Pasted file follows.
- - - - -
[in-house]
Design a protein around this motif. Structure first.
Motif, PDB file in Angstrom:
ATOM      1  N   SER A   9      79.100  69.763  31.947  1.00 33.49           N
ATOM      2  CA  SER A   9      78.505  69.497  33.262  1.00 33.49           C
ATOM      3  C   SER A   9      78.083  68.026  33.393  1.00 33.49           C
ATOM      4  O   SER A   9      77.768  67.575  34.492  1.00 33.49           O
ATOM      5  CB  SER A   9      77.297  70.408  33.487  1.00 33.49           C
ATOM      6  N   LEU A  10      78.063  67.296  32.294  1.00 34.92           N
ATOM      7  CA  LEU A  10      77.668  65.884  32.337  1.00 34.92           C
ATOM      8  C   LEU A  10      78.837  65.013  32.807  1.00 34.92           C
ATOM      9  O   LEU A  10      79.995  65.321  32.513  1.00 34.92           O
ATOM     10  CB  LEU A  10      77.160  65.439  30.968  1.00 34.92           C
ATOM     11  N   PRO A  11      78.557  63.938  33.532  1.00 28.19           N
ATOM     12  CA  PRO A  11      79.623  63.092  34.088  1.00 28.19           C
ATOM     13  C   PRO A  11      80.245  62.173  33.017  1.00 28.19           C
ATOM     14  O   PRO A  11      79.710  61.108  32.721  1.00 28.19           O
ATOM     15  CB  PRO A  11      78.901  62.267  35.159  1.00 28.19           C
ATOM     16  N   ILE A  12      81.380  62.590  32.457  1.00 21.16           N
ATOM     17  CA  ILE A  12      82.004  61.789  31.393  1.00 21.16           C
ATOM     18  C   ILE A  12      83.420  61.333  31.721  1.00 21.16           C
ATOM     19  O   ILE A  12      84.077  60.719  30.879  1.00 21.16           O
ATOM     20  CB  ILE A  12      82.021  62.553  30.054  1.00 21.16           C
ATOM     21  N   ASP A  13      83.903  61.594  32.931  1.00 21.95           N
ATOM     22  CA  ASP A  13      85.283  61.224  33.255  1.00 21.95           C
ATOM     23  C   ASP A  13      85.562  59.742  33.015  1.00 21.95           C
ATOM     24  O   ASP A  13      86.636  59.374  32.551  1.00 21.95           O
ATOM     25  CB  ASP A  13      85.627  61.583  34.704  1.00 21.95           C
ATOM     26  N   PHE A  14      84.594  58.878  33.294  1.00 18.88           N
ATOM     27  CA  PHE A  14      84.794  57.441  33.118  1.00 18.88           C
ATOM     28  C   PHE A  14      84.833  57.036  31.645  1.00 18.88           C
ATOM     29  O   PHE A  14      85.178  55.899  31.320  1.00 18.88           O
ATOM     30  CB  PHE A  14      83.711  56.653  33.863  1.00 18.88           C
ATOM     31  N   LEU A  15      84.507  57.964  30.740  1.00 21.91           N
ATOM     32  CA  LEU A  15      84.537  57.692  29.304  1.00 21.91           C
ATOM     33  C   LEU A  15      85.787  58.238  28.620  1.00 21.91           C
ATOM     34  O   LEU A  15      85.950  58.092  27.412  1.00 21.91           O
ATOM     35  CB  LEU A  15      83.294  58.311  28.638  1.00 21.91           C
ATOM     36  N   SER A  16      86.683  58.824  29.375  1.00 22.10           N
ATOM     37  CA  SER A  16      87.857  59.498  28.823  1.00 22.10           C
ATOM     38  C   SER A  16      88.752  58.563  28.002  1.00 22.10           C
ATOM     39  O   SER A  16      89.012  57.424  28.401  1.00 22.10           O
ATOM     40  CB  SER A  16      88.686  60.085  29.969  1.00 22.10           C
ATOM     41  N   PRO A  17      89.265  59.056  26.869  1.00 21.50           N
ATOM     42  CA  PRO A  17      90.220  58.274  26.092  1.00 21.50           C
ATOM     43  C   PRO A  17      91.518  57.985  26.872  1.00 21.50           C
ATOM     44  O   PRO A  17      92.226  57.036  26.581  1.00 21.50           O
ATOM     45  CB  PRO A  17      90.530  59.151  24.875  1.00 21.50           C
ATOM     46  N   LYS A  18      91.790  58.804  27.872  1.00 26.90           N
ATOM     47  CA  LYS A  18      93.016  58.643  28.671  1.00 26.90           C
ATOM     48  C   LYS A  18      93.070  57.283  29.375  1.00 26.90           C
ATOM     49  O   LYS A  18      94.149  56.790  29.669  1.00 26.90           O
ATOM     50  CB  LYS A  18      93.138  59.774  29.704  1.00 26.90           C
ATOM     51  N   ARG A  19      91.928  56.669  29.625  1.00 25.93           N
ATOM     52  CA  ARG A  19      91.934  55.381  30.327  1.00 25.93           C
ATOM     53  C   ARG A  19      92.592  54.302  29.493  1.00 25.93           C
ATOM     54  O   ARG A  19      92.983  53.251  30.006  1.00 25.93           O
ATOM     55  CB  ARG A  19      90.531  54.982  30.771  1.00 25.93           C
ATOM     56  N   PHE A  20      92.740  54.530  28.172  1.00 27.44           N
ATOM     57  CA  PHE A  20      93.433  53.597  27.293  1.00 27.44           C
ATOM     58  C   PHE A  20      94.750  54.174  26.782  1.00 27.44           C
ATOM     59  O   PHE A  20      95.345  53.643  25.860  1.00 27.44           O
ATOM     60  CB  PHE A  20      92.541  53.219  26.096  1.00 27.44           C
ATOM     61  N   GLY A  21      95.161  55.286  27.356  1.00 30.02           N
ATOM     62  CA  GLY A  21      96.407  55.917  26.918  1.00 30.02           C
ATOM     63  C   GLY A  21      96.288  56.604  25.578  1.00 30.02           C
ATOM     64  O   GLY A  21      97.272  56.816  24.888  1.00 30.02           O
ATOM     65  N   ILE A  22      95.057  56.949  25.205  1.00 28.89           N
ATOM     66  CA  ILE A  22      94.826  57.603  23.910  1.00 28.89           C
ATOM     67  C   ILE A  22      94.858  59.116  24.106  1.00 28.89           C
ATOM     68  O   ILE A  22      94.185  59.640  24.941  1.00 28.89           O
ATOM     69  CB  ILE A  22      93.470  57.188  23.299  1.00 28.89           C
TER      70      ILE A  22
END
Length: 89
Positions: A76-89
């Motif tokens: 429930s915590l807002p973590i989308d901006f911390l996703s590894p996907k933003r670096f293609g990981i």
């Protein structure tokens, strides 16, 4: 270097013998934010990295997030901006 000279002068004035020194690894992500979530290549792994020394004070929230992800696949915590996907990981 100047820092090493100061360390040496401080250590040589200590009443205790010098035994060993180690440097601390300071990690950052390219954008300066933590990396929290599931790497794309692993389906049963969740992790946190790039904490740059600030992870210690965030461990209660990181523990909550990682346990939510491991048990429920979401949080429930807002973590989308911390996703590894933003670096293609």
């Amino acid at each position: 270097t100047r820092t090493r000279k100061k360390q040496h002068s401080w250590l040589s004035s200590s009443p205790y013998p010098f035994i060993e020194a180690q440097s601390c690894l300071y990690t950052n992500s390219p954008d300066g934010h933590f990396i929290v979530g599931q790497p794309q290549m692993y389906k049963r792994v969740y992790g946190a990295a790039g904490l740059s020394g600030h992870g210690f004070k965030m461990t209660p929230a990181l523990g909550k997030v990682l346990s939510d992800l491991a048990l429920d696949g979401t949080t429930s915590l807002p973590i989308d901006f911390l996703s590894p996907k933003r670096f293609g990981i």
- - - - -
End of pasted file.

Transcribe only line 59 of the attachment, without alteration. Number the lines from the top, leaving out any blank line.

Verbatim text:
ATOM     56  N   PHE A  20      92.740  54.530  28.172  1.00 27.44           N